But after a few hours of trial-and-error, you get used to its meditative rhythms, its tight cycle of life and death, of scampering for prey and avoiding becoming it, of goading pursuers into the paths of other, larger pursuers, even of the slugcat’s iconoclastic maneuvering. The result of your efforts is a ruined landscape of utterly transfixing beauty, hair-raising escapes that had me whooping to an empty living room, and afternoons of quiet despondency that I usually reserve for Hidetaka Miyazaki games. Like his releases, Rain World is an utterly uncompromising game, and worth meeting on its own terms. (Normal mode, if you can stomach it.)
One of my other favorite games of the year emerged from this new middle tier, too. The flip-side to this trend of small, personal games being swept up into the shepherdship of massive publishers is teams of designer from massive publishers disembarking to form their own smaller studios. These aren’t necessarily small teams, but their output is similar to the other games in this category, at once instantly recognizable as a “game” but still a lot more daring, inventive, and characterful than other contenders in their genre. We’ve seen this in the strange multiplayer brawler Absolver, developed by a team of Ubisoft vets; in Observer, the cyberpunk adventure game designed by former contract-work studio Bloober Team; and in the lean, terrifying Echo ($25, six hours), brewed up by a group of IO expats. Like that studio’s Hitman games, Echo exudes a European sense of visual savvy, with an acidic intelligence to its writing. These qualities help it punch way above its weight class, reusing a handful of intricately designed furnishings ad infinitum to create a haunting infinite palace, and repurposing a single character design to comprise both the protagonist and the lethal semi-sentient guards stalking her throughout those gleaming corridors. It, like Rain World, is hard as hell, proof that indie games can be just as white-knuckle intense as anything out there.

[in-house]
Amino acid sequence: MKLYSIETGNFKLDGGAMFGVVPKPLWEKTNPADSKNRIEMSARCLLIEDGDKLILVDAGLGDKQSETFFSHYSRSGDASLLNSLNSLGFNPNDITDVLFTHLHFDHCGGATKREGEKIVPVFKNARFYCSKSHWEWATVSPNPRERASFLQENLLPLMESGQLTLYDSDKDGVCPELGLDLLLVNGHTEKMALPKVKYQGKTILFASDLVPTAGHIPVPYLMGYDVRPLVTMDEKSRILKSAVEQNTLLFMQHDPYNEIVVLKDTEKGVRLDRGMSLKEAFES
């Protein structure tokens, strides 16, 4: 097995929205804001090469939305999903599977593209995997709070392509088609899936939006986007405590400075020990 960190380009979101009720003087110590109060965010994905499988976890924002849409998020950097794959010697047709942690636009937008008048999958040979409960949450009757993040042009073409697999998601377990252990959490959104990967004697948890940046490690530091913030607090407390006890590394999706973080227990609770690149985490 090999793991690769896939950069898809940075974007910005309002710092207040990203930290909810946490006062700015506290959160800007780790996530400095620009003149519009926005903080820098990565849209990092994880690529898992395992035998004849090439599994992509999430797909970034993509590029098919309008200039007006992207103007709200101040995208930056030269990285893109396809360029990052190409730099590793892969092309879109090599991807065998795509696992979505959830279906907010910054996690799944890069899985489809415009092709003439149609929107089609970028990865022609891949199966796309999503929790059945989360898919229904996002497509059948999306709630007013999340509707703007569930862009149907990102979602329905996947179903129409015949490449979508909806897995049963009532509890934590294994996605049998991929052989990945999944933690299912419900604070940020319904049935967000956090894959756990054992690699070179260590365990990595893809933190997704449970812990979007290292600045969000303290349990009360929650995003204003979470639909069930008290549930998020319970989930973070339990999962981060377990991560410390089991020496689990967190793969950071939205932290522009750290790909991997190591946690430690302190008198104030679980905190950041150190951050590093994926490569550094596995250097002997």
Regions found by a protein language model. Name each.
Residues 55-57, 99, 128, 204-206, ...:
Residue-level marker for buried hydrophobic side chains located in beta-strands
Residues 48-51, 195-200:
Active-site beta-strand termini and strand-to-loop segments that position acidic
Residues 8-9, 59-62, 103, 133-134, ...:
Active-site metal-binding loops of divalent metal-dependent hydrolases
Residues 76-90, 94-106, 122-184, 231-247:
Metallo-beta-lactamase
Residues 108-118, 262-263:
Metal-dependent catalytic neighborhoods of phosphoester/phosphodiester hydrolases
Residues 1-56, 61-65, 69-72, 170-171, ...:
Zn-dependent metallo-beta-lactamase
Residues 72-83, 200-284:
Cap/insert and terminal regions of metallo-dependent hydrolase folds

Lastly, let us rest our spacecraft on the far outskirts of the known galaxy of video games, where brokenness, dadaist surrealism, metatextual humor, and sheer absurdity reign. These games play like dreams of games, art objects that reconfigure our perception of input, output, and game design, but are nevertheless often sources of ribald shit-takes and low-brow humor.